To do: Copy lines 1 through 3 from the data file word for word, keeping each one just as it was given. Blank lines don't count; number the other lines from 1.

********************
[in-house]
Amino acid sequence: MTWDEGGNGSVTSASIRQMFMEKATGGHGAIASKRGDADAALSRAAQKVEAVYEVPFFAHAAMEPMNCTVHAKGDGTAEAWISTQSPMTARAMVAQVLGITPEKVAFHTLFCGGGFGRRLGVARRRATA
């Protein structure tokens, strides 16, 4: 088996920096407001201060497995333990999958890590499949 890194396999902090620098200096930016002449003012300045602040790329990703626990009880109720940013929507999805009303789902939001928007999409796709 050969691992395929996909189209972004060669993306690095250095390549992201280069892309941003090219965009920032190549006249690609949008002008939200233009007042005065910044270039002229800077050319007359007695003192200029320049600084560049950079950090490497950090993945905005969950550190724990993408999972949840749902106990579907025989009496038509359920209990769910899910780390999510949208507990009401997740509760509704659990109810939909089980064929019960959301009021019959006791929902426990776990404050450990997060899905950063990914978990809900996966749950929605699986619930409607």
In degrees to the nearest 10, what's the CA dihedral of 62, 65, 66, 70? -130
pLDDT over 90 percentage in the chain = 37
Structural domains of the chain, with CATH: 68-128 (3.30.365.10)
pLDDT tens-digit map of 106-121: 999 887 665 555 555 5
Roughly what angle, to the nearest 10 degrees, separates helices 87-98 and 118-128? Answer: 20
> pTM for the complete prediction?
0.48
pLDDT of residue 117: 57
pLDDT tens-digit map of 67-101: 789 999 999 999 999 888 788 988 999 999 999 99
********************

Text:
[in-house]
Amino acid sequence: MTWDEGGNGSVTSASIRQMFMEKATGGHGAIASKRGDADAALSRAAQKVEAVYEVPFFAHAAMEPMNCTVHAKGDGTAEAWISTQSPMTARAMVAQVLGITPEKVAFHTLFCGGGFGRRLGVARRRATA
């Protein structure tokens, strides 16, 4: 088996920096407001201060497995333990999958890590499949 890194396999902090620098200096930016002449003012300045602040790329990703626990009880109720940013929507999805009303789902939001928007999409796709 050969691992395929996909189209972004060669993306690095250095390549992201280069892309941003090219965009920032190549006249690609949008002008939200233009007042005065910044270039002229800077050319007359007695003192200029320049600084560049950079950090490497950090993945905005969950550190724990993408999972949840749902106990579907025989009496038509359920209990769910899910780390999510949208507990009401997740509760509704659990109810939909089980064929019960959301009021019959006791929902426990776990404050450990997060899905950063990914978990809900996966749950929605699986619930409607």